In this week’s Wednesday 5: Liz Benjamin comes under fire for asking political candidates about Fifty Shades of Grey; Isabel Allende recounts the story of the baby girl wrapped in a rag who changed her life; Danuta Kean questions why women are writing more violent crime fiction than men; Grace Coddington of  Vogue reveals that she doesn’t do emails or texts; and Niall Billings proves that fashion and art make a beautiful love story.

“Senator, Have You Read Fifty Shades of Grey?”

While our Chris Lombardi argues that debate moderators Martha Raddatz and Candy Crowley are bringing the integrity and responsibility of journalism back to the debates, others are criticizing another female journalist, Liz Benjamin, for asking U.S. Senatorial candidates Kirsten Gillibrand and Wendy Long whether they had read Fifty Shades of Grey during their one and only debate last week. Julie Burton, president of The Women’s Media Center, voiced dissent shared by media watchdog groups such as Name It. Change It and She Should Run. According to Burton:

As a moderator, Liz Benjamin was entrusted to ask these candidates about issues affecting the voters of New York. Her question about Fifty Shades of Grey, a highly sexualized work of fiction, trivializes the democratic process and by its sexist nature hurts all women who run for office.

How big a deal is this? Well, in the post-debate coverage, the Fifty Shades clip (see below) is what made the headlines—not anything substantive said by these two women. What we find even more egregious is that both Gillibrand and Long missed the gravity of the moment. Instead, they, too, joined in the laughter.


Isabel Allende on How a Mysterious Baby Girl Sparked Her Fight for Women

As we linger on the fate of  Pakistan’s Malala Yusafzai,  acclaimed Chilean-American author Isabel Allende tells The Daily Beast about an experience she had in India that transformed the way she saw, and helped, girls! As she was leaving a rural community, one of the village’s women placed in her hands a newborn baby girl wrapped in a bundle of rags. Allende recounts:

“I kissed it and tried to give it back to the mother, but she would not take it. At that moment our driver came running, took the baby from my hands, and returned it to the woman, then he pushed us into the car and we drove away. When I recovered a bit from the shock, I asked, “Why did that woman give me her baby?” The driver said: “It was a girl. Who wants a girl?”

It was that encounter that inspired her to start the Isabel Allende Foundation to empower women and girls through education, health, and protection. Click here to read the article, How a Mysterious Baby Girl Sparked My Fight for Women, on how Allende has moved her activism beyond the page.

Are Women Crime Writers Deadlier Than Men?

Publishing expert and blogger Danuta Kean is asking an important “woman question” this week (and it has nothing to do with the elections): Are Women Crime Writers Deadlier Than Men?  For Kean, it’s an astounding yes, “because of the sheer number of women inventing new and vicious ways to kill.” These crime-writing women at the helm of an explosion of heightened violence are “pushing boundaries with work that is getting nastier as a result,” says Kean. She asks a more serious question that taps our nation’s current realistic landscape of crime and violence:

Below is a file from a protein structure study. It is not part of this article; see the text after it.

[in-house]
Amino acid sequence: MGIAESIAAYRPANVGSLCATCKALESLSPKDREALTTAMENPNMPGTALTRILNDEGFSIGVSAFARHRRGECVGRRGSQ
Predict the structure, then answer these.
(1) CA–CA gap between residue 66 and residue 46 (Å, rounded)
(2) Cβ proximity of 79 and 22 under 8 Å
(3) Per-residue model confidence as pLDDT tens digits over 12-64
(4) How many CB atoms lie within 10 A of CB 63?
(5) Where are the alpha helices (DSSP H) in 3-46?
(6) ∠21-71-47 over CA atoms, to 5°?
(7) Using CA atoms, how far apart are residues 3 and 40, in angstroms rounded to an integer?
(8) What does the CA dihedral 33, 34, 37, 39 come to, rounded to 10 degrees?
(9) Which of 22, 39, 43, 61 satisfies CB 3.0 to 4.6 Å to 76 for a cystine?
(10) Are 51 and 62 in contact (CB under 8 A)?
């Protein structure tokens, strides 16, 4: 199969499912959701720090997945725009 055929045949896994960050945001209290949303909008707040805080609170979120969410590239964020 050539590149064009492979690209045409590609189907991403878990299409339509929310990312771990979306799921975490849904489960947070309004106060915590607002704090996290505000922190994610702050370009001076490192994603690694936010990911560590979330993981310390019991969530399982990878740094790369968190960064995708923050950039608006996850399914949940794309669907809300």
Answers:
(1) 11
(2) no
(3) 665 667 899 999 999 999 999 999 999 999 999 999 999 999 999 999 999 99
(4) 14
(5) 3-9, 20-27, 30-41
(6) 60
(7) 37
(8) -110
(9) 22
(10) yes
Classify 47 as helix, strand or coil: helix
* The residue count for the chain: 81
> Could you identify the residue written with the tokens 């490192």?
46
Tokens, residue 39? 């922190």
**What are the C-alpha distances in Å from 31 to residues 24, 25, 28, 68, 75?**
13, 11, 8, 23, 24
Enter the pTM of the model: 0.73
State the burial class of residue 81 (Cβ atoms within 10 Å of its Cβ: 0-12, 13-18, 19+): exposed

But why do women write books in which we suffer horrific sexual violence when all the statistics show that men are the biggest victims of violent crime? And, as women buy 80 percent of these books, why do we read them in huge numbers?

Click here to read Kean’s response and other responses from the growing body of women crime writers.

Grace Coddington’s Inspirational Words for Young Women in Fashion

If you saw The September Issue, the 2009 documentary on Vogue, you probably know that it was Grace Coddington, the magazine’s creative director for more than  40 years, who stole the spotlight.  She recently shared some wise words with over 500 young women in fashion industry at Teen Vogue’s Fashion University.

We learned, via the folks at Independent Fashion Bloggers, that despite Coddington’s success, she doesn’t have an email account, she doesn’t text, and she doesn’t pay attention as much to a person’s outfit as to how she puts it together. And, when asked about the secret to her success , she offered: Stay quiet and let your work speak for itself. We are looking forward to delving into her memoir, aptly titled Grace, to be released in November.

When Fashion Reflects Art

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And since we’re talking about Fashion, we couldn’t help but share this beautiful and stunning collection, by Niall Billings of, of fashion reflecting art. In the post, Billings selects pieces from this season where it seems designers have “tak[en] a paintbrush” and assembled “ideas from some of the most famous paintings.” We are shown Aquilano Rimondi invoking Pablo Picasso’s Blue Period and John Galliano in conversation with Georgia O’Keeffe’s vibrant palettes, among others. All in all, in these designs we see the beautiful and long-lasting marriage between fashion and art.

Read more at 5 Dresses and the Famous Paintings They Look Like.

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